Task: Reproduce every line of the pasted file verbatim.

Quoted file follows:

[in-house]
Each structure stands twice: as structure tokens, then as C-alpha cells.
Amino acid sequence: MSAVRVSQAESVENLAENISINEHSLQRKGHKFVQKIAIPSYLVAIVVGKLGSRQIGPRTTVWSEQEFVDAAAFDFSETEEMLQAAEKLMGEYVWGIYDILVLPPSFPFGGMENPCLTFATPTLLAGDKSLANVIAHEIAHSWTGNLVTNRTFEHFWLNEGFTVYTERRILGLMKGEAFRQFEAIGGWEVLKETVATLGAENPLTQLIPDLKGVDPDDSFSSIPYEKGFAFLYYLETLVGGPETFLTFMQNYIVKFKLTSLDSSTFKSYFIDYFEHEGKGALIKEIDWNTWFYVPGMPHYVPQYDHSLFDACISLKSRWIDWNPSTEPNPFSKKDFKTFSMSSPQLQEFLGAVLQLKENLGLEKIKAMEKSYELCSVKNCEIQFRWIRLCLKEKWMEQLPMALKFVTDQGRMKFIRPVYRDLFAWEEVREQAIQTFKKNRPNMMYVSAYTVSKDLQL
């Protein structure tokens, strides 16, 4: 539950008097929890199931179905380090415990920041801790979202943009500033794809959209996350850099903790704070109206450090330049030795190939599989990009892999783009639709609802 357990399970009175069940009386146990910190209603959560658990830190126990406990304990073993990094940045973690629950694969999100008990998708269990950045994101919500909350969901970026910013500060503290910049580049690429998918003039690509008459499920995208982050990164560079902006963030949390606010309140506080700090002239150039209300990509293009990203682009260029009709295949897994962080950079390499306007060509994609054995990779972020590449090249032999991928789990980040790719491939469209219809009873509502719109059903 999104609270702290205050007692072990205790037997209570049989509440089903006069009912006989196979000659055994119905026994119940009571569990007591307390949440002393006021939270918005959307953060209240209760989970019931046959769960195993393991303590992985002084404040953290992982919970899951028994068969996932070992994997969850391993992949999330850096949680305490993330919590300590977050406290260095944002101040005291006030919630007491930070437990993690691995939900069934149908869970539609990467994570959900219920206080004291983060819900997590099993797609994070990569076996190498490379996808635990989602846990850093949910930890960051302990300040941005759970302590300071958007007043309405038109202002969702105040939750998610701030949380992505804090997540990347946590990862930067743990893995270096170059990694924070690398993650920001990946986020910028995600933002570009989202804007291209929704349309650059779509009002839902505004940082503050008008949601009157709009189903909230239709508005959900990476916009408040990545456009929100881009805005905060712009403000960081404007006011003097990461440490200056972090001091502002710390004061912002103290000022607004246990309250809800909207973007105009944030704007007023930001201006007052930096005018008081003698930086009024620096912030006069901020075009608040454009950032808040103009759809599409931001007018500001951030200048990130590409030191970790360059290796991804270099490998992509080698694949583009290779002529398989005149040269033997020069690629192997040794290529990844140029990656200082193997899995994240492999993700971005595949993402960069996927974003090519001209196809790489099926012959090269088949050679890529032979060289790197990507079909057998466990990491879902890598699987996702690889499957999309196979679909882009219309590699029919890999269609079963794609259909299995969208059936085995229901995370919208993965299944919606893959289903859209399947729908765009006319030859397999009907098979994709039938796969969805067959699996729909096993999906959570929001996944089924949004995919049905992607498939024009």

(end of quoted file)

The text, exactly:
[in-house]
Each structure stands twice: as structure tokens, then as C-alpha cells.
Amino acid sequence: MSAVRVSQAESVENLAENISINEHSLQRKGHKFVQKIAIPSYLVAIVVGKLGSRQIGPRTTVWSEQEFVDAAAFDFSETEEMLQAAEKLMGEYVWGIYDILVLPPSFPFGGMENPCLTFATPTLLAGDKSLANVIAHEIAHSWTGNLVTNRTFEHFWLNEGFTVYTERRILGLMKGEAFRQFEAIGGWEVLKETVATLGAENPLTQLIPDLKGVDPDDSFSSIPYEKGFAFLYYLETLVGGPETFLTFMQNYIVKFKLTSLDSSTFKSYFIDYFEHEGKGALIKEIDWNTWFYVPGMPHYVPQYDHSLFDACISLKSRWIDWNPSTEPNPFSKKDFKTFSMSSPQLQEFLGAVLQLKENLGLEKIKAMEKSYELCSVKNCEIQFRWIRLCLKEKWMEQLPMALKFVTDQGRMKFIRPVYRDLFAWEEVREQAIQTFKKNRPNMMYVSAYTVSKDLQL
């Protein structure tokens, strides 16, 4: 539950008097929890199931179905380090415990920041801790979202943009500033794809959209996350850099903790704070109206450090330049030795190939599989990009892999783009639709609802 357990399970009175069940009386146990910190209603959560658990830190126990406990304990073993990094940045973690629950694969999100008990998708269990950045994101919500909350969901970026910013500060503290910049580049690429998918003039690509008459499920995208982050990164560079902006963030949390606010309140506080700090002239150039209300990509293009990203682009260029009709295949897994962080950079390499306007060509994609054995990779972020590449090249032999991928789990980040790719491939469209219809009873509502719109059903 999104609270702290205050007692072990205790037997209570049989509440089903006069009912006989196979000659055994119905026994119940009571569990007591307390949440002393006021939270918005959307953060209240209760989970019931046959769960195993393991303590992985002084404040953290992982919970899951028994068969996932070992994997969850391993992949999330850096949680305490993330919590300590977050406290260095944002101040005291006030919630007491930070437990993690691995939900069934149908869970539609990467994570959900219920206080004291983060819900997590099993797609994070990569076996190498490379996808635990989602846990850093949910930890960051302990300040941005759970302590300071958007007043309405038109202002969702105040939750998610701030949380992505804090997540990347946590990862930067743990893995270096170059990694924070690398993650920001990946986020910028995600933002570009989202804007291209929704349309650059779509009002839902505004940082503050008008949601009157709009189903909230239709508005959900990476916009408040990545456009929100881009805005905060712009403000960081404007006011003097990461440490200056972090001091502002710390004061912002103290000022607004246990309250809800909207973007105009944030704007007023930001201006007052930096005018008081003698930086009024620096912030006069901020075009608040454009950032808040103009759809599409931001007018500001951030200048990130590409030191970790360059290796991804270099490998992509080698694949583009290779002529398989005149040269033997020069690629192997040794290529990844140029990656200082193997899995994240492999993700971005595949993402960069996927974003090519001209196809790489099926012959090269088949050679890529032979060289790197990507079909057998466990990491879902890598699987996702690889499957999309196979679909882009219309590699029919890999269609079963794609259909299995969208059936085995229901995370919208993965299944919606893959289903859209399947729908765009006319030859397999009907098979994709039938796969969805067959699996729909096993999906959570929001996944089924949004995919049905992607498939024009």